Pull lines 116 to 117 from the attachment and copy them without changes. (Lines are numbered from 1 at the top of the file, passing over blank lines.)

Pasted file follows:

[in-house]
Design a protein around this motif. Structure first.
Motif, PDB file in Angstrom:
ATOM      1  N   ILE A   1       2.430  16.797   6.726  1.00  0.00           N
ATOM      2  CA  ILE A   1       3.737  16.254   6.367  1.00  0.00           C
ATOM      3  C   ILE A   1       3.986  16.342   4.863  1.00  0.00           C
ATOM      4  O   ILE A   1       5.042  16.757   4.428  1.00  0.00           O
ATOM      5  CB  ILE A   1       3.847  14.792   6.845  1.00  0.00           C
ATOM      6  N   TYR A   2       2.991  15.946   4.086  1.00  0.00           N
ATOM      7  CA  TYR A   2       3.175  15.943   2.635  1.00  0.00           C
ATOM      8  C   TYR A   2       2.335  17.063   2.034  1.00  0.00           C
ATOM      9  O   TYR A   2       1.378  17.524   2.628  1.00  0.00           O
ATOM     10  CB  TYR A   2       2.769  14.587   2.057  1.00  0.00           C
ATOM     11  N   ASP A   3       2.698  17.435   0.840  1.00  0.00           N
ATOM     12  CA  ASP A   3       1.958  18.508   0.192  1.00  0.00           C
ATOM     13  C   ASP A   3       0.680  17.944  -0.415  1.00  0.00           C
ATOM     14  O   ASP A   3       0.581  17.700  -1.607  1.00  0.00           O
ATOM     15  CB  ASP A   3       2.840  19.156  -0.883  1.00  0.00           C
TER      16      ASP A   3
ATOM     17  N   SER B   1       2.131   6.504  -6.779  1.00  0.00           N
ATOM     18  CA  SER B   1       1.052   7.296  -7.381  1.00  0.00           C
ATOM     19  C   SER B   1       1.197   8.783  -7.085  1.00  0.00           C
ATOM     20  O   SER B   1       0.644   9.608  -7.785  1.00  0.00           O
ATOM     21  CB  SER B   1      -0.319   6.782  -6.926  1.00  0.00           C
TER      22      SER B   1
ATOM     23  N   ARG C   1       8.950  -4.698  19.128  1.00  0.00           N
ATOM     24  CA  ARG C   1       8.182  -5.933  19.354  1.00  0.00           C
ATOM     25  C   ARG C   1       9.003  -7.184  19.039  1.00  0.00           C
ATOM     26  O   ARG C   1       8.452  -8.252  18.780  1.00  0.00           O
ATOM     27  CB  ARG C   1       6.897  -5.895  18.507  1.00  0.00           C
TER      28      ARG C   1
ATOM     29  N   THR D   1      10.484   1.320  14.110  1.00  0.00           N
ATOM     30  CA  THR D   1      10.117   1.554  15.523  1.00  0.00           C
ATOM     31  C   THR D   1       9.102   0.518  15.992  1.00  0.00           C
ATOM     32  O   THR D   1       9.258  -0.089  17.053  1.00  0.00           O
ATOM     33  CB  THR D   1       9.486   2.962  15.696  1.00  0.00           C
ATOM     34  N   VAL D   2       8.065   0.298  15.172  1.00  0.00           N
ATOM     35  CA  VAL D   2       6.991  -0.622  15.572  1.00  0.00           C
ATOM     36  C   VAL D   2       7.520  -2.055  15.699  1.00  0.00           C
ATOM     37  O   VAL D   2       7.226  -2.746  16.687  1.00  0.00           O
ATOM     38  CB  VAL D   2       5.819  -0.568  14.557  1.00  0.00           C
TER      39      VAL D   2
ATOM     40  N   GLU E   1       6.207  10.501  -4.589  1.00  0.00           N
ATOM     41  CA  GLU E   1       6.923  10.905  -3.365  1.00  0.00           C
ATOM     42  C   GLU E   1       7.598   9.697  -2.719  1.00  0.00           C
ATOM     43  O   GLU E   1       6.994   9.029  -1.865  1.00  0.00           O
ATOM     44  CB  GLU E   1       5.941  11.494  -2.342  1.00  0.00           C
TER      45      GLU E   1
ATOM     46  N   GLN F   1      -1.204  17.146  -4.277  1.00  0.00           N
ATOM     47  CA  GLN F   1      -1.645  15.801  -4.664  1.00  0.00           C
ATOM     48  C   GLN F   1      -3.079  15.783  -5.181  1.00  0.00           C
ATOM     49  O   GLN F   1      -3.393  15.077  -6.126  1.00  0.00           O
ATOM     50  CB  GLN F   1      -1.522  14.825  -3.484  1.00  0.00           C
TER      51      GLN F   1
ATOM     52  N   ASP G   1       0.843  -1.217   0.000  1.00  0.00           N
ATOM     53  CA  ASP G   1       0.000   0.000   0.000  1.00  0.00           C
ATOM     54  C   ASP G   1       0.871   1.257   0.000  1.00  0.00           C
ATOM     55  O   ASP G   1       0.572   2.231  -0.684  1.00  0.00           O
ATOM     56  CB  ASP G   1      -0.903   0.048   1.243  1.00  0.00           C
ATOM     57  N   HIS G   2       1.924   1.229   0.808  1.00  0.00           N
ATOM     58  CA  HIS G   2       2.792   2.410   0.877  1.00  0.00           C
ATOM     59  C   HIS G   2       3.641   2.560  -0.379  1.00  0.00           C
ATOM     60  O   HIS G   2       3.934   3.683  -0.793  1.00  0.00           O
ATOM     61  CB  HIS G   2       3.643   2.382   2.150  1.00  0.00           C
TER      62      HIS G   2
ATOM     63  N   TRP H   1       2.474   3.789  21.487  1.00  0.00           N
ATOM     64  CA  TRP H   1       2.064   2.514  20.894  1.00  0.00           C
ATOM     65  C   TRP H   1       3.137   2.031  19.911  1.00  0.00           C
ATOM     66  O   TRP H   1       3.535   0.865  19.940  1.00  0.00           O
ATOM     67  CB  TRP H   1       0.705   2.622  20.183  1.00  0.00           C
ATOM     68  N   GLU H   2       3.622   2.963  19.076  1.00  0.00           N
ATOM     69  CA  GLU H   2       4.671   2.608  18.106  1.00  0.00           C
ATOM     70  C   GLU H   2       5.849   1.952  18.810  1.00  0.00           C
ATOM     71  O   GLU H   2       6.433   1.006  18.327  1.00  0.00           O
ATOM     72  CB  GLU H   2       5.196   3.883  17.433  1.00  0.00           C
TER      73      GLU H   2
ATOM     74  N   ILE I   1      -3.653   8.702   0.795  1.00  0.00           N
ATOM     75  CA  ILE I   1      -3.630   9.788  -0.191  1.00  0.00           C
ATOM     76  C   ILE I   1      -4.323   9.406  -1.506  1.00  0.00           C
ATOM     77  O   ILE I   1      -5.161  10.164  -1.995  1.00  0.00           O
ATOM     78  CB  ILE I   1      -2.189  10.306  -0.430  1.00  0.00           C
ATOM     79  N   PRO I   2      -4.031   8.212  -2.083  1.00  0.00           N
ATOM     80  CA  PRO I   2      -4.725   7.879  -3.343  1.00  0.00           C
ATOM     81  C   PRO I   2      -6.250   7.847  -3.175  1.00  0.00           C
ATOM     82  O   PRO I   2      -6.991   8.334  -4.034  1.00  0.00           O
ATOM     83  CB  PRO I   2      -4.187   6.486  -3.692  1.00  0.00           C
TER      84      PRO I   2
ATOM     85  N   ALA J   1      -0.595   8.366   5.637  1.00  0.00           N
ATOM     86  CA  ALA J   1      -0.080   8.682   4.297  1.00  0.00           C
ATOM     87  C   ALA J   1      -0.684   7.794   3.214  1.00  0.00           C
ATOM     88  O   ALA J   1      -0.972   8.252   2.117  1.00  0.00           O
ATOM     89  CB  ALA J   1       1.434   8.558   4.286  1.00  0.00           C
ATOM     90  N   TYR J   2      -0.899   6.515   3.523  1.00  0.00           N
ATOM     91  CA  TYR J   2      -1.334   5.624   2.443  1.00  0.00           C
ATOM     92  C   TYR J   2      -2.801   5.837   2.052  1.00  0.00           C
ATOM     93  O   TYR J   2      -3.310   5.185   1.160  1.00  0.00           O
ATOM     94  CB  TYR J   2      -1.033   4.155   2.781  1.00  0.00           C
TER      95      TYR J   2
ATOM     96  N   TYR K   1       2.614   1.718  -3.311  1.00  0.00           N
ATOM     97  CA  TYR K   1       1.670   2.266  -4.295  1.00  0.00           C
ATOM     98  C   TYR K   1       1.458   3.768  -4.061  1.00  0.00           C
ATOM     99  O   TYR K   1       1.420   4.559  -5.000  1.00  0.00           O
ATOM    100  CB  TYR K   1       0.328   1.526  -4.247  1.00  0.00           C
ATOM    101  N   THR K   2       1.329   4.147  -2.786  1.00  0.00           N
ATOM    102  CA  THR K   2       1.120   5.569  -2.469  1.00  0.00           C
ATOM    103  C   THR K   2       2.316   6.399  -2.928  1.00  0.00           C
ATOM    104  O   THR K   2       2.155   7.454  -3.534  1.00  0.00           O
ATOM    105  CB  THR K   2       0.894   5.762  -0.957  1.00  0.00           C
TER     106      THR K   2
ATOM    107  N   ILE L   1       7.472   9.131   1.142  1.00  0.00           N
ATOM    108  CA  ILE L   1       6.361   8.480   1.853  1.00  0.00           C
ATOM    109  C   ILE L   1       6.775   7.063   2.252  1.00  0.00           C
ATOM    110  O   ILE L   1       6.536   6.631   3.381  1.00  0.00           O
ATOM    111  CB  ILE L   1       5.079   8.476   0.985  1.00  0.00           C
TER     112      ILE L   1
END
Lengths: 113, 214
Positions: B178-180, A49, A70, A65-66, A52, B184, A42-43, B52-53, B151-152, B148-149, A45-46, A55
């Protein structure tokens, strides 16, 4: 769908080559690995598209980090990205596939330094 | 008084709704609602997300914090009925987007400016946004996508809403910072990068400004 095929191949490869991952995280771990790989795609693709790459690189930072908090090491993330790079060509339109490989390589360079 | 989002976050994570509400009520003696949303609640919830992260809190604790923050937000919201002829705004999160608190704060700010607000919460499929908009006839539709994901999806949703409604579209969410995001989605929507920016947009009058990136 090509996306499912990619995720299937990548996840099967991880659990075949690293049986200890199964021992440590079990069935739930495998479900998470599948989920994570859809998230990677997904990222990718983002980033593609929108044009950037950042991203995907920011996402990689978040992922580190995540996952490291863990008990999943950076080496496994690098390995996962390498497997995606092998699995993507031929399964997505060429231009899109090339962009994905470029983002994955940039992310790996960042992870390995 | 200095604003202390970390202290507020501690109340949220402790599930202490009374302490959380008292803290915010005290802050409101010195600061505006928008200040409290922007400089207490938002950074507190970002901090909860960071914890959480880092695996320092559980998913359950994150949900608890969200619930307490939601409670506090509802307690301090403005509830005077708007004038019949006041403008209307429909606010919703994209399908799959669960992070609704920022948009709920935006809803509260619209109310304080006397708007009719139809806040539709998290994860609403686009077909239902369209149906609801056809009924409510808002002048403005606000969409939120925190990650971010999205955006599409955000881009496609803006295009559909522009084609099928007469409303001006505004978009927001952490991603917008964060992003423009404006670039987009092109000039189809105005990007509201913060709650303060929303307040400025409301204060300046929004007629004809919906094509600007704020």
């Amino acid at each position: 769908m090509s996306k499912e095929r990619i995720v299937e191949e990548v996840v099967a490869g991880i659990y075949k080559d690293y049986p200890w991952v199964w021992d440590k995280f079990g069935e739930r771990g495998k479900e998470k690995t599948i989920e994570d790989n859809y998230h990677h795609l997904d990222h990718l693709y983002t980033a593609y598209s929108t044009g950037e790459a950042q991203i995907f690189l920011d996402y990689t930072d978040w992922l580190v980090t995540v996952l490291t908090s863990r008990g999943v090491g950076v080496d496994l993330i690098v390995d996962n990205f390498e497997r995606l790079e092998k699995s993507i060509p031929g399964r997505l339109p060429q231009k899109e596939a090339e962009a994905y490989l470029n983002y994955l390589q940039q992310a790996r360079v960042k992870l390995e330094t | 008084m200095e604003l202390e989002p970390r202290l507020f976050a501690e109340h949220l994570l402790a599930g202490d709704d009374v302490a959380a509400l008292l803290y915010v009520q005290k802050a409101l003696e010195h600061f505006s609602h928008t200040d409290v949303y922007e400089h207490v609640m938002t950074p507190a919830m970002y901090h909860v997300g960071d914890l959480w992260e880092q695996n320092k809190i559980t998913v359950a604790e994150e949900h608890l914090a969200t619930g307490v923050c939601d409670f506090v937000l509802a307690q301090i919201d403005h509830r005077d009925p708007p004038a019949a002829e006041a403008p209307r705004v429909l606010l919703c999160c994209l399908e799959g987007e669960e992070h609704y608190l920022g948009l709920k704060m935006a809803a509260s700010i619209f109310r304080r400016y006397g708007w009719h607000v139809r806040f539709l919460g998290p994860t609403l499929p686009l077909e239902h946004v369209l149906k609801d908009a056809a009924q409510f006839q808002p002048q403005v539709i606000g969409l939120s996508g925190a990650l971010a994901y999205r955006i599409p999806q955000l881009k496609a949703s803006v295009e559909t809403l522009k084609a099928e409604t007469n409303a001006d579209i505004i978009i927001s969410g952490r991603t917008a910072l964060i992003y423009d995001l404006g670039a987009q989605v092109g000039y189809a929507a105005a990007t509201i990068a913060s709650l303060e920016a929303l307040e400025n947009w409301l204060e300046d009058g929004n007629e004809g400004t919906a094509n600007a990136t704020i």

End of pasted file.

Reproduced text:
END
Lengths: 113, 214